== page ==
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How do I figure the cost basis for RSU on 1099-B with tax withheld on W-2?

Taxpayer has a 1099-B that shows the sales price but no cost basis. 

His W-2 shows YTD earnings include RSU exercise amount

For YTD Deductions the W-2 shows the same amount as a deduction called 'Offset RSU Exercise' and also shows a deduction called 'RSU Tax Estimate' listed as a negative number.

There's one more piece of info I dug up from the tax payer's clearing house. It shows the original grant dates of the options from 2009 and their original prices (valuing about half of what they sold at in 2013)

From what I understand, the taxpayer shouldn't have a taxable gain because the tax was withheld from the W-2. Can anyone walk me through how to report this?

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    Many companies will provide 1099B with basis info that will result in a small gain or loss as poolcleaner says. If they don't provide basis info, I just zero it out with a same day trade. They never amount to much.

    • The taxable gain is usually grossed up on the W2 and shown in box 12 as code V.
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    Working through some of these now. Pro series worksheets end up showing the code V amounts as adjustment to basis.

    Only worked through NQSO so far. I also have ESPP with disqualifying dispositions as well as RSU's.

    I should be "fully educated" in a day or so.  

    • the worksheets seem pretty accurate from what little I've used them. Very interested in your results
    • So far I've done an ESPP on another return, and the NQSO portion of this one. Accuracy seems a big plus, there is a learning curve.(Think adjusting to 8949/D at first)(Here you have to think 3921/3922)  Main downside is the detail entry, time consuming.(No idea if you could download or not into the worksheet). I've got disqualifying dispositions here, but it seems to  handle everything I've thrown at it correctly. This one also has two different brokerage 1099B's to match so even more detail than normal. I kind of wonder what the IRS computer will do with the ordinary income Code V reporting as an adjustment to basis.(Just looks weird I guess) But the numbers so far have matched perfectly and with the detail entries, it's on the order of slam dunk defensible. Add a cover page is about all you'd need to do.

      I imagine it is pretty tough, if you don't have a good base regarding investment knowledge, two worksheets and a lot of choices, to cover a variety of situations. It does light up like a Christmas tree, and will do some strange things if you don't get it right. Last year I had a couple ESPP I had to set aside. Copied the files so I could play with the return/worksheets till I got it right.
    • RE: 8949, yeah, I thought it was weird showing the W-2 income as an "adjustment" too but so far no questions from the IRS about it.

      RE: ESPP, The percentage is a key entry.  Without it the worksheet behaves strangely.  If you don't have the percentage you can usually figure it out from the spread between the FMV on grant date and the strike price.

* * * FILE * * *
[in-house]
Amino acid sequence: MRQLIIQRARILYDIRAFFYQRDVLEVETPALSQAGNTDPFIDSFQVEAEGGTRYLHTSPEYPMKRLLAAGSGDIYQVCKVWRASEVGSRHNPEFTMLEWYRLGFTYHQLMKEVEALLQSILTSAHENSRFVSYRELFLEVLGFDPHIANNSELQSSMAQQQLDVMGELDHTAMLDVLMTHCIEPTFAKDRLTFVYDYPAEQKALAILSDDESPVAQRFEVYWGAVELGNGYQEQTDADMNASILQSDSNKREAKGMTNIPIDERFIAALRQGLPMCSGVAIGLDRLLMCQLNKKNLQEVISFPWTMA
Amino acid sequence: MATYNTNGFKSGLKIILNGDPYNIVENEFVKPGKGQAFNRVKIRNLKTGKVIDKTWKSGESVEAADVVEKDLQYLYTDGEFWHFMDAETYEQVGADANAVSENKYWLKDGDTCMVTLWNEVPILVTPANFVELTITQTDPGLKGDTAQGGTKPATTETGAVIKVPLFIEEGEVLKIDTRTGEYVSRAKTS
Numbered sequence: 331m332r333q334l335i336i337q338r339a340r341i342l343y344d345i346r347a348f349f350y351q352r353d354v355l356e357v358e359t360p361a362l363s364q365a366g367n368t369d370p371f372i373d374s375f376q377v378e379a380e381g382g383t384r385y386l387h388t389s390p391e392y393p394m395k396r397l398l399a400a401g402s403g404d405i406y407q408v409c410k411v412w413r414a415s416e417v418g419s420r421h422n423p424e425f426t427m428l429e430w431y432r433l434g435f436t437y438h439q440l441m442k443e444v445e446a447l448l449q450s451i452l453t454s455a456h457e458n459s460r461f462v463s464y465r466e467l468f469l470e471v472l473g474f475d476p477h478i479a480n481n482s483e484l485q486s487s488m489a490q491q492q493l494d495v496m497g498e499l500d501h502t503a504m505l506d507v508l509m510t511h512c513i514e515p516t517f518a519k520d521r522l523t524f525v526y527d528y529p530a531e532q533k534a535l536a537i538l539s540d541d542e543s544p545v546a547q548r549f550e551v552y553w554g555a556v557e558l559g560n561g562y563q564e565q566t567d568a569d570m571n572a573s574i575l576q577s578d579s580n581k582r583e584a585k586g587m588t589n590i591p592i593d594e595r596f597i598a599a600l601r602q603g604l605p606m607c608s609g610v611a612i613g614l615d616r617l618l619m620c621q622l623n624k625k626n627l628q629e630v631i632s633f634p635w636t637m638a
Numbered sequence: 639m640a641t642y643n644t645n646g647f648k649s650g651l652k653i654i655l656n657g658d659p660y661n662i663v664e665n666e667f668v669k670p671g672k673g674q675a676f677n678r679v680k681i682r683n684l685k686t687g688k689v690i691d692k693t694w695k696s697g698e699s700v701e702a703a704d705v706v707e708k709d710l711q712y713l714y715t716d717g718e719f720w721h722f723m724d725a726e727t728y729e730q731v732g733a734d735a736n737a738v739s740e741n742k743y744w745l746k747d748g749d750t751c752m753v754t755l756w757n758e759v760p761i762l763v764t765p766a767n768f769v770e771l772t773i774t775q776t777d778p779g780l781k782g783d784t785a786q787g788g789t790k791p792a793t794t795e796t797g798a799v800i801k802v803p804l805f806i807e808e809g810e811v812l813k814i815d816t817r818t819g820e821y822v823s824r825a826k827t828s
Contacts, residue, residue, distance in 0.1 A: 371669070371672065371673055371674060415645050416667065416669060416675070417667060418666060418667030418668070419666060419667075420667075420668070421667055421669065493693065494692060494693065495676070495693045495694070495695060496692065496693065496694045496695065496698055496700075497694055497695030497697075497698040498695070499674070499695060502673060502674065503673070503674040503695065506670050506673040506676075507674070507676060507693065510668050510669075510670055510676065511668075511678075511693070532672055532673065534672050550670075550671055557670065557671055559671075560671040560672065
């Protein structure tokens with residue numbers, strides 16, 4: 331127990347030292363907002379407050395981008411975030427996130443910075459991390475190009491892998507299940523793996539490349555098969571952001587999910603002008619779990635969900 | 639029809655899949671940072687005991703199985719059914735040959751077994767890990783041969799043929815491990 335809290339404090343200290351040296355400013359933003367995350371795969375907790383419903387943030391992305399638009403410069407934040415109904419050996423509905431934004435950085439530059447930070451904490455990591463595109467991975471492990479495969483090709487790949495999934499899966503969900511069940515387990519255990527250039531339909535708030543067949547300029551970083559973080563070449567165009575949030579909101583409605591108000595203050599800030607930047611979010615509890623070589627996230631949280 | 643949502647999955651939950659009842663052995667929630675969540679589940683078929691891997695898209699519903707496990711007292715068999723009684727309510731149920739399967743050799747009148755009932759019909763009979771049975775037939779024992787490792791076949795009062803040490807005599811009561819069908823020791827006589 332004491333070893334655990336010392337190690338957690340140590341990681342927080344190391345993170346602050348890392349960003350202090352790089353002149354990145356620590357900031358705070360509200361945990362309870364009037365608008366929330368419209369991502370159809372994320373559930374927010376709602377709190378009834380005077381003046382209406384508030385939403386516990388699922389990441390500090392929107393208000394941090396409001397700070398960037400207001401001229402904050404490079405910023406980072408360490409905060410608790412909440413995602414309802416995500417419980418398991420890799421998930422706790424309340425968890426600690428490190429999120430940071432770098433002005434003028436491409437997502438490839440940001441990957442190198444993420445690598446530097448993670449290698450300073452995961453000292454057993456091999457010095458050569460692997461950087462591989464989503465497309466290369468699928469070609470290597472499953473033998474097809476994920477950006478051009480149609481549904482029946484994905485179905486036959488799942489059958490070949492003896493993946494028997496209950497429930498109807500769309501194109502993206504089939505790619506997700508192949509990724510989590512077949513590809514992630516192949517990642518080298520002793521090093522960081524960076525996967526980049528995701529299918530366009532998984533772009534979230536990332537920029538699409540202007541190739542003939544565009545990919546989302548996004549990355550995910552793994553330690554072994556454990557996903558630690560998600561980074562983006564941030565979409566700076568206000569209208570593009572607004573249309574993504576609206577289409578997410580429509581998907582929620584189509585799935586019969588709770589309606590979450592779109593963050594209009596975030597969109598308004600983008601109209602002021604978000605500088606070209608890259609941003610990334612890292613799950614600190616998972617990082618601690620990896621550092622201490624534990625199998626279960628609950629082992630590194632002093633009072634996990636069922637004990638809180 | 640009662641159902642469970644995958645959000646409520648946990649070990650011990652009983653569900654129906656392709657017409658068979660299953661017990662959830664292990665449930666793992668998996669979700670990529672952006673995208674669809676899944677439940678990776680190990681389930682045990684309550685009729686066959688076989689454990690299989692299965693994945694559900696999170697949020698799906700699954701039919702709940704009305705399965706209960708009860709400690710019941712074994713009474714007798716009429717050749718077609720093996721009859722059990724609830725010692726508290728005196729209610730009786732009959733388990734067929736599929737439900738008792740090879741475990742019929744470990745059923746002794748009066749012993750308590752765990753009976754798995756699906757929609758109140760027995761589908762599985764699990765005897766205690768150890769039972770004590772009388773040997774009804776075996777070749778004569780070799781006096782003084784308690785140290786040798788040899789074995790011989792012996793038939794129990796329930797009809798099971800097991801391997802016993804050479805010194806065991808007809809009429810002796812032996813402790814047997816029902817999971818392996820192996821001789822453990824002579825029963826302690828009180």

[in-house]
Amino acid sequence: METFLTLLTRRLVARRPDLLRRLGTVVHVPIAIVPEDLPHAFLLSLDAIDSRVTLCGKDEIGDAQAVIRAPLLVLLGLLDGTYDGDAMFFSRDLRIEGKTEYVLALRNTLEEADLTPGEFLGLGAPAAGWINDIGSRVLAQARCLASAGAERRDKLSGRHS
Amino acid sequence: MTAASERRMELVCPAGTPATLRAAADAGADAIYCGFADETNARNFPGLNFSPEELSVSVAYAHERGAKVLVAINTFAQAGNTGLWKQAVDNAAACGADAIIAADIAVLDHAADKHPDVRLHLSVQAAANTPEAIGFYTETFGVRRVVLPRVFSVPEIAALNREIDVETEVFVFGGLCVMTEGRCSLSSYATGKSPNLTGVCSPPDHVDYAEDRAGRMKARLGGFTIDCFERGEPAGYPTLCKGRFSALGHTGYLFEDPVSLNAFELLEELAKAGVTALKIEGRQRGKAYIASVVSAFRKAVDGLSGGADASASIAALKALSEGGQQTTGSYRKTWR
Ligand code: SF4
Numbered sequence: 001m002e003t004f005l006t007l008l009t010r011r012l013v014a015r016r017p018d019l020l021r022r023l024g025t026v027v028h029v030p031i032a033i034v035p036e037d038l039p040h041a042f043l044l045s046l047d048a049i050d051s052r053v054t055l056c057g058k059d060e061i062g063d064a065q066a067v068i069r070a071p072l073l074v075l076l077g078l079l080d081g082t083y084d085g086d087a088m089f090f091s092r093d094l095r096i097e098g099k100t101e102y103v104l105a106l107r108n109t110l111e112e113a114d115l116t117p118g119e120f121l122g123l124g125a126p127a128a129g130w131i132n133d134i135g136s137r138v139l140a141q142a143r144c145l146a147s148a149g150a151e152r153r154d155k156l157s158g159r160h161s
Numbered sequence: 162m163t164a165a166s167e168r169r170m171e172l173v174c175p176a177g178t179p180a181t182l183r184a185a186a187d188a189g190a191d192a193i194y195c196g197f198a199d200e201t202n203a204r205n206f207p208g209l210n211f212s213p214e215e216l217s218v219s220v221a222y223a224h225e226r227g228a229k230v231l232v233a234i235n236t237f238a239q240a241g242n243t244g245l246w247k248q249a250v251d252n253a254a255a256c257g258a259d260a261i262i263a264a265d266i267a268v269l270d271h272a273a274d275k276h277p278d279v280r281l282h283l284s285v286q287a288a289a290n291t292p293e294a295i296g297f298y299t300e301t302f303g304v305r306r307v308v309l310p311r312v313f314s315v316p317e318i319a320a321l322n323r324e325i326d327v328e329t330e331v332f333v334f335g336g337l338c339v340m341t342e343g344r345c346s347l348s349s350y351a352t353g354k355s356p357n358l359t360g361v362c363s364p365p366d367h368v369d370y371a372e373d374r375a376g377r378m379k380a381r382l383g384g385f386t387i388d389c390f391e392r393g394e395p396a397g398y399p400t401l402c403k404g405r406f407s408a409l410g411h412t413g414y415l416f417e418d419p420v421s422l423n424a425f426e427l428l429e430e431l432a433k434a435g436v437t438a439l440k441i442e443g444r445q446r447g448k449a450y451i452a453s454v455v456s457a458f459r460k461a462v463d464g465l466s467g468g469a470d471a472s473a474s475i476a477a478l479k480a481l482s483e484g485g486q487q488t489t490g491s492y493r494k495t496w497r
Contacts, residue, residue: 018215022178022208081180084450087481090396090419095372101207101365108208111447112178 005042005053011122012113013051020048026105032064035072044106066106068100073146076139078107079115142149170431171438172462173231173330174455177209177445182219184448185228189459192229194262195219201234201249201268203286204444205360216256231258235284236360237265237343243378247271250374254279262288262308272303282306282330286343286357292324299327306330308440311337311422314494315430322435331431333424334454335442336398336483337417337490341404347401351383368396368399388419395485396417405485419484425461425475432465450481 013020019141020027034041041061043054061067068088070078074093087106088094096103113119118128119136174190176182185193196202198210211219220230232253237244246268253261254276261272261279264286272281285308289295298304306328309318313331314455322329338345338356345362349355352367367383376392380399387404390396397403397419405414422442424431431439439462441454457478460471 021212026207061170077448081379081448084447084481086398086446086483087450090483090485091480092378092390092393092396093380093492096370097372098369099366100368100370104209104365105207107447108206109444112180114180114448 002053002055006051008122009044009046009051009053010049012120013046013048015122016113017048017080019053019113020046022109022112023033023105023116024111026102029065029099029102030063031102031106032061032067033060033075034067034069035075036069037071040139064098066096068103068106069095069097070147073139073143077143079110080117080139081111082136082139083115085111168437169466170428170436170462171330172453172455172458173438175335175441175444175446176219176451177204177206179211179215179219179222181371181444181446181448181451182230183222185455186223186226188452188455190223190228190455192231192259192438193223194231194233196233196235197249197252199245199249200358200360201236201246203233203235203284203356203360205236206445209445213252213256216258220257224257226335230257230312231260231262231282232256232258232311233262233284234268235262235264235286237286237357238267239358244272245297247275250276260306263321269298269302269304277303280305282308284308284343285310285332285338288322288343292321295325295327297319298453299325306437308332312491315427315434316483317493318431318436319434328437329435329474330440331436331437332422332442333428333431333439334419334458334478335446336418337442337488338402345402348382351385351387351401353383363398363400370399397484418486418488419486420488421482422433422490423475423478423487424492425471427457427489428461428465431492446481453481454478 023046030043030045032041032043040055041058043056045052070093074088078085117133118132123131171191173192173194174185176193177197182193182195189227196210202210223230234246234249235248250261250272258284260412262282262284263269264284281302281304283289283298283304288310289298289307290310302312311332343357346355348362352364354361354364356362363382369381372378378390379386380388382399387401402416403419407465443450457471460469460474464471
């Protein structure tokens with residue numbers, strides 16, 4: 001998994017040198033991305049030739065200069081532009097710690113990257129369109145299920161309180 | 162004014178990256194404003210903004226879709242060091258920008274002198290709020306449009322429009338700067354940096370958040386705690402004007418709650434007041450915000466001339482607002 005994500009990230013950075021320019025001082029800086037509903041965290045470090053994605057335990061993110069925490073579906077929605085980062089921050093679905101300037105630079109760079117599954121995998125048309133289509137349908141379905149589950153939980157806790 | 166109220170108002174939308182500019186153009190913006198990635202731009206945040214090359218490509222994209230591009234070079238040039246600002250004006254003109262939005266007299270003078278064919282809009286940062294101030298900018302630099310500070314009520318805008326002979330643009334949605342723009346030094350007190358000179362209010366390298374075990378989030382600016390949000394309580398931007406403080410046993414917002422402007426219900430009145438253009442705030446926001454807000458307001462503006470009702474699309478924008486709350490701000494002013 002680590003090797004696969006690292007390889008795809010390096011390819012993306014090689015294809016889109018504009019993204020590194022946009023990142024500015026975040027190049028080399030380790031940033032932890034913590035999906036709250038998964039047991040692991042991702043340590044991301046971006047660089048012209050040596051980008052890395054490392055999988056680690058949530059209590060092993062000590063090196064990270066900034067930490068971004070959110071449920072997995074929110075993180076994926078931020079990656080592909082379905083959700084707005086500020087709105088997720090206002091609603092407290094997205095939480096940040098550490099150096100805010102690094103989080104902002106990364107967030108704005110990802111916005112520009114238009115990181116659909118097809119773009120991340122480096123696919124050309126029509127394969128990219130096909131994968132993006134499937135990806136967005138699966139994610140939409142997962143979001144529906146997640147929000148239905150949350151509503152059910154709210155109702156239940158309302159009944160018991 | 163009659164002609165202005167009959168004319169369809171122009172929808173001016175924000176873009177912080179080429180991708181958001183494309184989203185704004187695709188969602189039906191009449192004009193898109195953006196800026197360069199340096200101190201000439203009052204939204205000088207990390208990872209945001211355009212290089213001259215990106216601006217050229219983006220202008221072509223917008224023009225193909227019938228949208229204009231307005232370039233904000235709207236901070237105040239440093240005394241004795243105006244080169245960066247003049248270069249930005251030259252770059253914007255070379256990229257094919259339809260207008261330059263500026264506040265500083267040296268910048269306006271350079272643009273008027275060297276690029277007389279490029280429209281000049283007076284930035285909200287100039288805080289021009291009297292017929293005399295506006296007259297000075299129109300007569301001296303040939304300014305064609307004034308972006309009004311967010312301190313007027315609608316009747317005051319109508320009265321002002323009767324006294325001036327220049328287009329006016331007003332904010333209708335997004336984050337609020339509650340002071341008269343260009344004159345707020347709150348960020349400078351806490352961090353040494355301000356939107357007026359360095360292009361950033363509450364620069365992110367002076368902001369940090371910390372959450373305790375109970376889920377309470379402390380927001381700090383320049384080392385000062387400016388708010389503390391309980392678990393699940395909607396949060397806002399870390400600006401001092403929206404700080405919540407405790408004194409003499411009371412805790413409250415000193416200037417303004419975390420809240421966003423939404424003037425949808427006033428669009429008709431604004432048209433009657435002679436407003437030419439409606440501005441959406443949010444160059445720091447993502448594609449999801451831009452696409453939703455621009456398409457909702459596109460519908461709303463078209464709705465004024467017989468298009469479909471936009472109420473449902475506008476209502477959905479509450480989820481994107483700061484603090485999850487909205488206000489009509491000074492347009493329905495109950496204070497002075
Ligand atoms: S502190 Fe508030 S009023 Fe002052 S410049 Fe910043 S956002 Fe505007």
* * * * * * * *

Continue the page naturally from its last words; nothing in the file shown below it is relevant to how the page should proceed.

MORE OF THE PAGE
• I do quite a bit of NQSO, ISO, ESPP and RSUs. ISO is a bit tricky esp related to AMT. ESPP and RSU need additional info from clients and sometimes it is hard to get that. I have started to ask clients to give me their brokerage account access and promise not to sell their shares if they trust me :-)  I asked them to change their password just for my access and change back to their regular password when I am done. Yes, very tedious to fill out all the stock details but I have 99% of the time be able to tie the ord income numbers on W-2.  Yay!
      Clients have asked about downloading details from Brokers but I think that only works for regular stock - not employee stock. I don't subscribe to the download service.
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    If an employee works for a company where he has been granted RSUs, when RSUs are vested, he will have RSU income in his Pay stubs/W-2.  At the same time, there will be ordinary income taxes paid for RSU in the Tax Withholding section of W-2 details. Usually there are multiple vestings so it will be stacks one on top of each other to get to the total.  A lot of times, companies provide a report called Summary of Ordinary Income related to Employee Stock, which is a very helpful document. 

    Say 100 shares vested and the market price at vesting was $10.  So the RSU income will be $1,000. At vesting, say 40 shares were sold to pay tax, he would have been left with 60 shares. The amount of tax paid on the vesting would be $400.  The cost basis now for the remaining 60 shares would be $10/share so total cost basis $600. When he sold later at $20/shares, he will have Capital Gain of $600 (Gross Sales Proceeds $1,200 - Cost Basis $600).

    If he sold the remaining 60 shares on the same day of vesting, the cost basis is still $10/share cos he paid ord income tax up to the $10/share price.

    RSU is given without a pre-determined price - it is going to use the market price at vesting.

    If you found shares with a grant price, that would be Stock Options (NQSO or ISO). Don't confuse between the types of employee stocks.

    Good luck. I know the answer is late. 

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